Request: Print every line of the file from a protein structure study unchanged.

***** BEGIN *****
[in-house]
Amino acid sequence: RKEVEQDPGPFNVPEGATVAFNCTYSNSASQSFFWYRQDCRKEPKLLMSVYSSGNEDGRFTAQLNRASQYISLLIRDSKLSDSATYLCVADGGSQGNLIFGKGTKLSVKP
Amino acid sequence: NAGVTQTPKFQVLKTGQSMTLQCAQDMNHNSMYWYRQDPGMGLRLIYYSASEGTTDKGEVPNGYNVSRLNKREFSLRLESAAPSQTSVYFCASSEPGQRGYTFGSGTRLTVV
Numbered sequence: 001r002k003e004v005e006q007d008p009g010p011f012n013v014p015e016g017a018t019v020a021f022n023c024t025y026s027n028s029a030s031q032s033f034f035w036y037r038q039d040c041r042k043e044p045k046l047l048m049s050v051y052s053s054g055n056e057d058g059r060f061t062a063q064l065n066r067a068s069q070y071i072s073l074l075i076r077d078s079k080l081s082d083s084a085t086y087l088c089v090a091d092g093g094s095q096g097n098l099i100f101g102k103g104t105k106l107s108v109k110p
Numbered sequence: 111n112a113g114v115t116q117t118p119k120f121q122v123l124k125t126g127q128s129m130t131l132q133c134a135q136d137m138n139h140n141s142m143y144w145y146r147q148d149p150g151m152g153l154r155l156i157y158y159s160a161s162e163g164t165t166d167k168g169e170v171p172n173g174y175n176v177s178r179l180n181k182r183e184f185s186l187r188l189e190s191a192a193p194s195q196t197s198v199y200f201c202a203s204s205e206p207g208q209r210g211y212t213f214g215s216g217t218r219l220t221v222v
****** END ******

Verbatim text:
[in-house]
Amino acid sequence: RKEVEQDPGPFNVPEGATVAFNCTYSNSASQSFFWYRQDCRKEPKLLMSVYSSGNEDGRFTAQLNRASQYISLLIRDSKLSDSATYLCVADGGSQGNLIFGKGTKLSVKP
Amino acid sequence: NAGVTQTPKFQVLKTGQSMTLQCAQDMNHNSMYWYRQDPGMGLRLIYYSASEGTTDKGEVPNGYNVSRLNKREFSLRLESAAPSQTSVYFCASSEPGQRGYTFGSGTRLTVV
Numbered sequence: 001r002k003e004v005e006q007d008p009g010p011f012n013v014p015e016g017a018t019v020a021f022n023c024t025y026s027n028s029a030s031q032s033f034f035w036y037r038q039d040c041r042k043e044p045k046l047l048m049s050v051y052s053s054g055n056e057d058g059r060f061t062a063q064l065n066r067a068s069q070y071i072s073l074l075i076r077d078s079k080l081s082d083s084a085t086y087l088c089v090a091d092g093g094s095q096g097n098l099i100f101g102k103g104t105k106l107s108v109k110p
Numbered sequence: 111n112a113g114v115t116q117t118p119k120f121q122v123l124k125t126g127q128s129m130t131l132q133c134a135q136d137m138n139h140n141s142m143y144w145y146r147q148d149p150g151m152g153l154r155l156i157y158y159s160a161s162e163g164t165t166d167k168g169e170v171p172n173g174y175n176v177s178r179l180n181k182r183e184f185s186l187r188l189e190s191a192a193p194s195q196t197s198v199y200f201c202a203s204s205e206p207g208q209r210g211y212t213f214g215s216g217t218r219l220t221v222v